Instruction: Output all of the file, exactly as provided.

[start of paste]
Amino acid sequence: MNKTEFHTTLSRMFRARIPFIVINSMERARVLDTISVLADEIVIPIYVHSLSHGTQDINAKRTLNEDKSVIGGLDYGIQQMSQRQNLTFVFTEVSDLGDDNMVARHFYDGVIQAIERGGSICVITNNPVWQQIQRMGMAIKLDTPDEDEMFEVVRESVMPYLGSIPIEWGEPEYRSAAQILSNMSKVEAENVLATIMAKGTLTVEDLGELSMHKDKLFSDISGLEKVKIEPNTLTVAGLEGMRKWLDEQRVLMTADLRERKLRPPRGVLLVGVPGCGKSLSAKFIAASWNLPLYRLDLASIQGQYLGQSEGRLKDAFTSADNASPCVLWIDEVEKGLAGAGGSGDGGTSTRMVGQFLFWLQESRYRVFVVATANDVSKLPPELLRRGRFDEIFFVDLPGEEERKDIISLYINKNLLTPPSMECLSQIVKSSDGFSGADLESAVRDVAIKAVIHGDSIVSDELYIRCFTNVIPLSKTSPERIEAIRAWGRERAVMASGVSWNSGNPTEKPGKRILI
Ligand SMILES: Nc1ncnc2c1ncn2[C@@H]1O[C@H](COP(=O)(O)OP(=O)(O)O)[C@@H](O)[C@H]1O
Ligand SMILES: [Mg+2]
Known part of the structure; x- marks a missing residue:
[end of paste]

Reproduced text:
Amino acid sequence: MNKTEFHTTLSRMFRARIPFIVINSMERARVLDTISVLADEIVIPIYVHSLSHGTQDINAKRTLNEDKSVIGGLDYGIQQMSQRQNLTFVFTEVSDLGDDNMVARHFYDGVIQAIERGGSICVITNNPVWQQIQRMGMAIKLDTPDEDEMFEVVRESVMPYLGSIPIEWGEPEYRSAAQILSNMSKVEAENVLATIMAKGTLTVEDLGELSMHKDKLFSDISGLEKVKIEPNTLTVAGLEGMRKWLDEQRVLMTADLRERKLRPPRGVLLVGVPGCGKSLSAKFIAASWNLPLYRLDLASIQGQYLGQSEGRLKDAFTSADNASPCVLWIDEVEKGLAGAGGSGDGGTSTRMVGQFLFWLQESRYRVFVVATANDVSKLPPELLRRGRFDEIFFVDLPGEEERKDIISLYINKNLLTPPSMECLSQIVKSSDGFSGADLESAVRDVAIKAVIHGDSIVSDELYIRCFTNVIPLSKTSPERIEAIRAWGRERAVMASGVSWNSGNPTEKPGKRILI
Ligand SMILES: Nc1ncnc2c1ncn2[C@@H]1O[C@H](COP(=O)(O)OP(=O)(O)O)[C@@H](O)[C@H]1O
Ligand SMILES: [Mg+2]
Known part of the structure; x- marks a missing residue: